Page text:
State-Funded Financing

The Housing Incentive Fund (HIF) is a state-funded gap financing program used with federal and private dollars to create affordable multifamily housing in urban and rural communities. The North Dakota Housing Finance Agency (NDHFA) administers the program on behalf of the state of North Dakota.  Leveraged as an upfront, one-time investment, HIF ensures rental homes in the supported projects will be affordable for a minimum of 15 years.

The North Dakota Legislative Assembly created HIF in 2011 to address workforce housing needs in western North Dakota. The program has evolved over the past decade into a flexible funding resource to construct and rehabilitate multifamily housing in communities across the state. Funding is dependent upon legislative approval.

Currently, no HIF funding is available.

an apartment building

Each Community Has Unique Housing Needs

North Dakota communities have unique needs that vary based on economic growth, job openings and unemployment rates, demographic trends, and availability and affordability of existing housing.

On average, 37 percent of North Dakota’s residents or 108,224 individuals and families live in multifamily housing. Annually, 39 percent of all renters, more than 42,000 people, cannot afford to pay their housing costs and are considered to be housing cost-burden.[i] More than half of these renters, 26,485, are considered to be extremely low income (ELI), earning less than $27,000 annually for a family of four.

While the average renter earns $17.12 an hour and can afford the state’s average fair market rate (FMR) rent for a two-bedroom apartment at $841, wages and rents vary significantly from community to community. Learn more about fair market rent in a specific community. 

North Dakota’s diverse economy supports the construction of new market-rate multifamily housing. As of Sept. 1, 2020, the state’s average vacancy rate was 9.4 percent. However, a robust private market cannot financially create the affordable housing rents needed by lower-income and ELI individuals and families.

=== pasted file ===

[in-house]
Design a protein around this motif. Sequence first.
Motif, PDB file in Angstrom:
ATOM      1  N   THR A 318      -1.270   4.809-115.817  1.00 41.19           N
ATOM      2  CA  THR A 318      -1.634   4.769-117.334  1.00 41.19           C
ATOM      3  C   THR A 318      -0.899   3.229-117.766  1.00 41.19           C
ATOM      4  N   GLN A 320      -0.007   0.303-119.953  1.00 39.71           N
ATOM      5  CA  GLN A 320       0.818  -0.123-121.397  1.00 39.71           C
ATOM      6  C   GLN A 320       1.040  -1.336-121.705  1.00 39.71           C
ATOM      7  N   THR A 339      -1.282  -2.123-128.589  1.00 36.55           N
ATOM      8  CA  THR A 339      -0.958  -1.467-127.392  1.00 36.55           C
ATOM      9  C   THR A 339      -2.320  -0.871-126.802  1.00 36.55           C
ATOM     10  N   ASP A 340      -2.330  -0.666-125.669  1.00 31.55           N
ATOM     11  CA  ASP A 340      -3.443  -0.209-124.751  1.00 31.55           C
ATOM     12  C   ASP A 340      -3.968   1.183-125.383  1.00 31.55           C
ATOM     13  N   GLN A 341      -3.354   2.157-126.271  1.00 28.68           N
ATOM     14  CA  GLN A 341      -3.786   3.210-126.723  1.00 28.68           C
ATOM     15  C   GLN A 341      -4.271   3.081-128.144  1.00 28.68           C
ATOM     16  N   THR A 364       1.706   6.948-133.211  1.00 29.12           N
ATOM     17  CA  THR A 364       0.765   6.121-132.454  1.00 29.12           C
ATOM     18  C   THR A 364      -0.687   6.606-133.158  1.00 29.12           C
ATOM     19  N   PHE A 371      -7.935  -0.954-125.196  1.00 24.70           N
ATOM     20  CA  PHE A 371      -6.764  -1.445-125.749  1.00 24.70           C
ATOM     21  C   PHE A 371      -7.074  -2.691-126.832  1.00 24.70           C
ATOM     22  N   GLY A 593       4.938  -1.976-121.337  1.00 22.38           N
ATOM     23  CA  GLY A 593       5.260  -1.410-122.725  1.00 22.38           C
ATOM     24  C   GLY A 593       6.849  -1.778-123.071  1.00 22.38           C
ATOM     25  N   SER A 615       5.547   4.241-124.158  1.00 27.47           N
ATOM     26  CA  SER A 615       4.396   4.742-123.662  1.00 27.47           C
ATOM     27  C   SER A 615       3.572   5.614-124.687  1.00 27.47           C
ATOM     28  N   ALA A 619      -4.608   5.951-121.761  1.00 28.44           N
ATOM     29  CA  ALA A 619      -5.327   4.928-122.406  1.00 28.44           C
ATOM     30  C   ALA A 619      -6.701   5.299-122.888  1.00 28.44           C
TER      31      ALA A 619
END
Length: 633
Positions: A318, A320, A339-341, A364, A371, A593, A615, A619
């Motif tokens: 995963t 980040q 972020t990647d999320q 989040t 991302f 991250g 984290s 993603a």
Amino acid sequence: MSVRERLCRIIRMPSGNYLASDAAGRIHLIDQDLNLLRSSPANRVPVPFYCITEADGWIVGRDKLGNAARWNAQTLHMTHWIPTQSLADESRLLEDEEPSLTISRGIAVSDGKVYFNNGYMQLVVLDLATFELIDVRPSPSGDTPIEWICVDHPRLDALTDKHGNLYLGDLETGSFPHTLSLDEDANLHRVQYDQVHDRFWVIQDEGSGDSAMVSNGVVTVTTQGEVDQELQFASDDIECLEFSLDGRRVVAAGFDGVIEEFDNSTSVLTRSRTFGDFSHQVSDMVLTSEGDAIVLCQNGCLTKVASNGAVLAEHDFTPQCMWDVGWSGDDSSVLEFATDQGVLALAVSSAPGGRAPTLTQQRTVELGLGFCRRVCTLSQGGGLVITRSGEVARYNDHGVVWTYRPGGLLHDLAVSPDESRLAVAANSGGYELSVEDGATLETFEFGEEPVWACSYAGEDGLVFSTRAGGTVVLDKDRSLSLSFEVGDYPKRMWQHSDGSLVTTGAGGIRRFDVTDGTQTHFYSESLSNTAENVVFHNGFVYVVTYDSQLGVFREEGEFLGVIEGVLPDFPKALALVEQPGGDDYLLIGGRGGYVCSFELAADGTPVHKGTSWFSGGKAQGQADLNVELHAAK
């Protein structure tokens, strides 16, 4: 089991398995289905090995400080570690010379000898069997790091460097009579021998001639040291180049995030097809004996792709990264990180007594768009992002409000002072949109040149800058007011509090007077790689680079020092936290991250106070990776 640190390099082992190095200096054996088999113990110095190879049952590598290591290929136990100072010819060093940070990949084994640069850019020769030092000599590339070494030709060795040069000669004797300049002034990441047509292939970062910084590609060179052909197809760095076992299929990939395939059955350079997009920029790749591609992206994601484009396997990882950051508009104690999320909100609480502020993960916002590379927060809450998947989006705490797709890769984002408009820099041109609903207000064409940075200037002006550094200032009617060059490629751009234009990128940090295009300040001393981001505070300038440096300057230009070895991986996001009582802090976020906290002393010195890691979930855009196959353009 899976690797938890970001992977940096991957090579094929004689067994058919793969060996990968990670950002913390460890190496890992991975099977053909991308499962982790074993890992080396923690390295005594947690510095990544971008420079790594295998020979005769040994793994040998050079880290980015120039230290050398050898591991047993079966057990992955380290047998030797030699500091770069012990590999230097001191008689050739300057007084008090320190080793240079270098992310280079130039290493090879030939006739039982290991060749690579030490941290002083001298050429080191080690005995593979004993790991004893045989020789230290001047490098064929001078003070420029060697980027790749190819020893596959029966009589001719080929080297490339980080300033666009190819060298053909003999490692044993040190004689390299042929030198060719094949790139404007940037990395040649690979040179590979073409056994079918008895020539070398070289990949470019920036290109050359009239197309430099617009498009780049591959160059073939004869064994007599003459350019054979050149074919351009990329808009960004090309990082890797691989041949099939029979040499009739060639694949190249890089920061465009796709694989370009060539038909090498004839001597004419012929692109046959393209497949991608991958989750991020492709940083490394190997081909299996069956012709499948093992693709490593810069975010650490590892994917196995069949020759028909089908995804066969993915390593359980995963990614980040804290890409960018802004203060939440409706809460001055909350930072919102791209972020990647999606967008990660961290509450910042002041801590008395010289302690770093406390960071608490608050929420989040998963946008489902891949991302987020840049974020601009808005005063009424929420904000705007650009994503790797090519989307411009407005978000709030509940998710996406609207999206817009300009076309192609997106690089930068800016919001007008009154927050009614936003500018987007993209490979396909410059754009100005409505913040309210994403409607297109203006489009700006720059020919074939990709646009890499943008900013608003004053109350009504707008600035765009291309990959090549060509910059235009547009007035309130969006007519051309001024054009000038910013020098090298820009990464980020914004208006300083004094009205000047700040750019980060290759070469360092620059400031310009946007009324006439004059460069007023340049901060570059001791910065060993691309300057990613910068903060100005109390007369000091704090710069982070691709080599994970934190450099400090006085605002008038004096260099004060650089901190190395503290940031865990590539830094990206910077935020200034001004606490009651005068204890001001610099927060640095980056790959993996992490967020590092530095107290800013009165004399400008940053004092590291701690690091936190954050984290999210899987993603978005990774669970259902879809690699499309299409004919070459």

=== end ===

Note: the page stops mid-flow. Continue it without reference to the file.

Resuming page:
Learn more about statewide affordable housing needs in the 2020 study: The Current State of Housing in North Dakota.

[i] The US Dept. of Housing and Urban Development defines housing cost-burden as paying more than 30 percent of an income on housing costs.

Reality of Earning Minimum Wage

Work Hours Per Week at Minimum Wage to Afford a 2-Bedroom Rental Home (at FMR)
Work Hours Per Week at Minimum Wage to Afford a 1-Bedroom Rental Home (at FMR)
Number of Full-Time Jobs at Minimum Wage to Afford a 2-Bedroom Rental Home (at FMR)
Number of Full-time Jobs at Minimum wage to afford a 1-bedroom Rental home (at FMR)

Flexible Gap Funding Resource

HIF is a flexible gap funding resource that can reduce the amount of financing debt for new construction multifamily housing. The following chart is an example of financing for private-market housing compared to affordable housing.

HIF Helps Communities Thrive

The state of North Dakota’s 10-year investment in HIF has resulted in 84 unique projects and 2,704 affordable rental homes. Each project has a complex funding portfolio, multiple funding sources is not unusual including the use of federal funds, private equity, loans, endowments, grants and donations. On average HIF covers 20 percent of the gap financing needed to move a project forward. 

Learn more about HIF funded housing projects.

HIF Across North Dakota

Every $1 of HIF funding invested has resulted in an additional $4.93 leveraged. While the primary goal is to create and preserve affordable housing, the secondary benefits of HIF projects include prioritizing community infill and the creation of multiuse buildings where a business(es) rents space that help cover financing costs.

The program has supported the redevelopment of a middle school, nursing home, convent, deteriorating public housing and a hospital.